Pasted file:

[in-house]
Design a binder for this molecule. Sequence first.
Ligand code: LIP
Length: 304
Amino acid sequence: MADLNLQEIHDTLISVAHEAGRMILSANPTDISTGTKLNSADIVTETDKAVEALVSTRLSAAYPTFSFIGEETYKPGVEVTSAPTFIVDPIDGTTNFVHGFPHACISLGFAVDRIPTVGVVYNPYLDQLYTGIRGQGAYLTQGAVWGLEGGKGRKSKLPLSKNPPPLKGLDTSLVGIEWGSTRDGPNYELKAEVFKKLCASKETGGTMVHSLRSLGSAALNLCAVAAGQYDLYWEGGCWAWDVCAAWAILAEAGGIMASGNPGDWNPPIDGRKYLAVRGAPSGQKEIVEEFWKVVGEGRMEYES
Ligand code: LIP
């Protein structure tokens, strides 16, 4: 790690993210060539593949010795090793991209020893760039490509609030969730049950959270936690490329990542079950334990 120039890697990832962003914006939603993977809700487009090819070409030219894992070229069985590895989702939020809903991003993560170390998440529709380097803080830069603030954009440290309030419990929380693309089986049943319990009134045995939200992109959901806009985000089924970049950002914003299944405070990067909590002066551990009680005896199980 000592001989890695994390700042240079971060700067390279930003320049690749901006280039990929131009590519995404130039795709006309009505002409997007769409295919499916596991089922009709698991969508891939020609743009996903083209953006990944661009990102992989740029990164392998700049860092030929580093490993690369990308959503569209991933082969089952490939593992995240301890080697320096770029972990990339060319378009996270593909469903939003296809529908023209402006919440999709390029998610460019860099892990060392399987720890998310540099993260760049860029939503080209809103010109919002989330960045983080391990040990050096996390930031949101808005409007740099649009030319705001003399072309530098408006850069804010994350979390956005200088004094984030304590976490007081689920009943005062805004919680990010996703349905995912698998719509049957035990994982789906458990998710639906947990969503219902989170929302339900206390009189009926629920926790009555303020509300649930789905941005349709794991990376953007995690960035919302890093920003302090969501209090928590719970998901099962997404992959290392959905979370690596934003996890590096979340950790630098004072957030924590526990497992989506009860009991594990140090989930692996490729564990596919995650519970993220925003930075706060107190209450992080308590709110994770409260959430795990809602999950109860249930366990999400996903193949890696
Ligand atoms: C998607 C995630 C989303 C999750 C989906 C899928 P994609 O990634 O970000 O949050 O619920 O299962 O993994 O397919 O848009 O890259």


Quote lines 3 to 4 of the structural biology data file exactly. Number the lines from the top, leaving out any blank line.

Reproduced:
Ligand code: LIP
Length: 304